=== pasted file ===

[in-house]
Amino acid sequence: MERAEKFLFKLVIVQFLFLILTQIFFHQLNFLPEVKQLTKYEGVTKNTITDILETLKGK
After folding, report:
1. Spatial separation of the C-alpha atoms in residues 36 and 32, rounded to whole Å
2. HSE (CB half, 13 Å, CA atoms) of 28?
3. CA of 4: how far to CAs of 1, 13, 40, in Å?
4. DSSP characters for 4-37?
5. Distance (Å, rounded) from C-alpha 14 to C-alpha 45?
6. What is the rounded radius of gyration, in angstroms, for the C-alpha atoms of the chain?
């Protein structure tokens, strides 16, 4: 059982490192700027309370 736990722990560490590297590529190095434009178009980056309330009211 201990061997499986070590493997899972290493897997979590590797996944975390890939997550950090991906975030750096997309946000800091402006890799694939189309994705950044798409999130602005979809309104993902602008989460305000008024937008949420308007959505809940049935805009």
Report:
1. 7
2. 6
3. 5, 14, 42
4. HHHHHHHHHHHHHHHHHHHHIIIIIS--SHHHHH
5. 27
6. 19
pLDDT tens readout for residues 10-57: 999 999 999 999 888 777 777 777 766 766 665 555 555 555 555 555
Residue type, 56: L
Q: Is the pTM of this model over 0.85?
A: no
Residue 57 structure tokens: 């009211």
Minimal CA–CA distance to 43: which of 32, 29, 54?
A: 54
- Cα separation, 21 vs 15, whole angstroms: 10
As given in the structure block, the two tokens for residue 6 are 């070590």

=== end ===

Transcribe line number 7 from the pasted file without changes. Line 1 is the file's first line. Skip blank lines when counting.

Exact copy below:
4. DSSP characters for 4-37?